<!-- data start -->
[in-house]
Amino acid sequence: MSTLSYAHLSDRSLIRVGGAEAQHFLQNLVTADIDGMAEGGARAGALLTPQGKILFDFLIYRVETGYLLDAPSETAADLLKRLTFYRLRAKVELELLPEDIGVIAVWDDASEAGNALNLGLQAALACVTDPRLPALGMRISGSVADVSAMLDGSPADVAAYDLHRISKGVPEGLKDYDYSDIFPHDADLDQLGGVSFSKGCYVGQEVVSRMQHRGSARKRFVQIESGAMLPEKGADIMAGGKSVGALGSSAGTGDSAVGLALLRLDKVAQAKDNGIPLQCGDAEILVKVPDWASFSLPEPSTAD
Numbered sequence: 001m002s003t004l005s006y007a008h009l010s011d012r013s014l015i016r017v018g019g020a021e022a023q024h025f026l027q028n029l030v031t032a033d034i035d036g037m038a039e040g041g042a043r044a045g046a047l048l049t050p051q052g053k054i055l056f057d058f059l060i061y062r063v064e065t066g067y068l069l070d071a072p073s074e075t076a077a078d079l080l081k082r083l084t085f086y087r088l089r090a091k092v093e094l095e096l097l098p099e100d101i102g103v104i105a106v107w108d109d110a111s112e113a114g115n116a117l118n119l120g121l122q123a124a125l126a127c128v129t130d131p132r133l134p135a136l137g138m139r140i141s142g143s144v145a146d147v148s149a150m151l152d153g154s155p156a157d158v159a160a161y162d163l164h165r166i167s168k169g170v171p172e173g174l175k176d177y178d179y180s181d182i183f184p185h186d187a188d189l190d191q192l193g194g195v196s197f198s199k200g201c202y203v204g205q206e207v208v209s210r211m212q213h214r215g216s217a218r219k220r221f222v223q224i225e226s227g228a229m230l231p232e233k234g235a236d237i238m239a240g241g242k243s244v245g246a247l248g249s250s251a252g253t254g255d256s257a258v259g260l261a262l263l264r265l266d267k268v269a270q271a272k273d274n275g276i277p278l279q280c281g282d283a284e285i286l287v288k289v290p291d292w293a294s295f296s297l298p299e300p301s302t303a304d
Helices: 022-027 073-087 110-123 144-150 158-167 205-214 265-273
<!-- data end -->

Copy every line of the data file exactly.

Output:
[in-house]
Amino acid sequence: MSTLSYAHLSDRSLIRVGGAEAQHFLQNLVTADIDGMAEGGARAGALLTPQGKILFDFLIYRVETGYLLDAPSETAADLLKRLTFYRLRAKVELELLPEDIGVIAVWDDASEAGNALNLGLQAALACVTDPRLPALGMRISGSVADVSAMLDGSPADVAAYDLHRISKGVPEGLKDYDYSDIFPHDADLDQLGGVSFSKGCYVGQEVVSRMQHRGSARKRFVQIESGAMLPEKGADIMAGGKSVGALGSSAGTGDSAVGLALLRLDKVAQAKDNGIPLQCGDAEILVKVPDWASFSLPEPSTAD
Numbered sequence: 001m002s003t004l005s006y007a008h009l010s011d012r013s014l015i016r017v018g019g020a021e022a023q024h025f026l027q028n029l030v031t032a033d034i035d036g037m038a039e040g041g042a043r044a045g046a047l048l049t050p051q052g053k054i055l056f057d058f059l060i061y062r063v064e065t066g067y068l069l070d071a072p073s074e075t076a077a078d079l080l081k082r083l084t085f086y087r088l089r090a091k092v093e094l095e096l097l098p099e100d101i102g103v104i105a106v107w108d109d110a111s112e113a114g115n116a117l118n119l120g121l122q123a124a125l126a127c128v129t130d131p132r133l134p135a136l137g138m139r140i141s142g143s144v145a146d147v148s149a150m151l152d153g154s155p156a157d158v159a160a161y162d163l164h165r166i167s168k169g170v171p172e173g174l175k176d177y178d179y180s181d182i183f184p185h186d187a188d189l190d191q192l193g194g195v196s197f198s199k200g201c202y203v204g205q206e207v208v209s210r211m212q213h214r215g216s217a218r219k220r221f222v223q224i225e226s227g228a229m230l231p232e233k234g235a236d237i238m239a240g241g242k243s244v245g246a247l248g249s250s251a252g253t254g255d256s257a258v259g260l261a262l263l264r265l266d267k268v269a270q271a272k273d274n275g276i277p278l279q280c281g282d283a284e285i286l287v288k289v290p291d292w293a294s295f296s297l298p299e300p301s302t303a304d
Helices: 022-027 073-087 110-123 144-150 158-167 205-214 265-273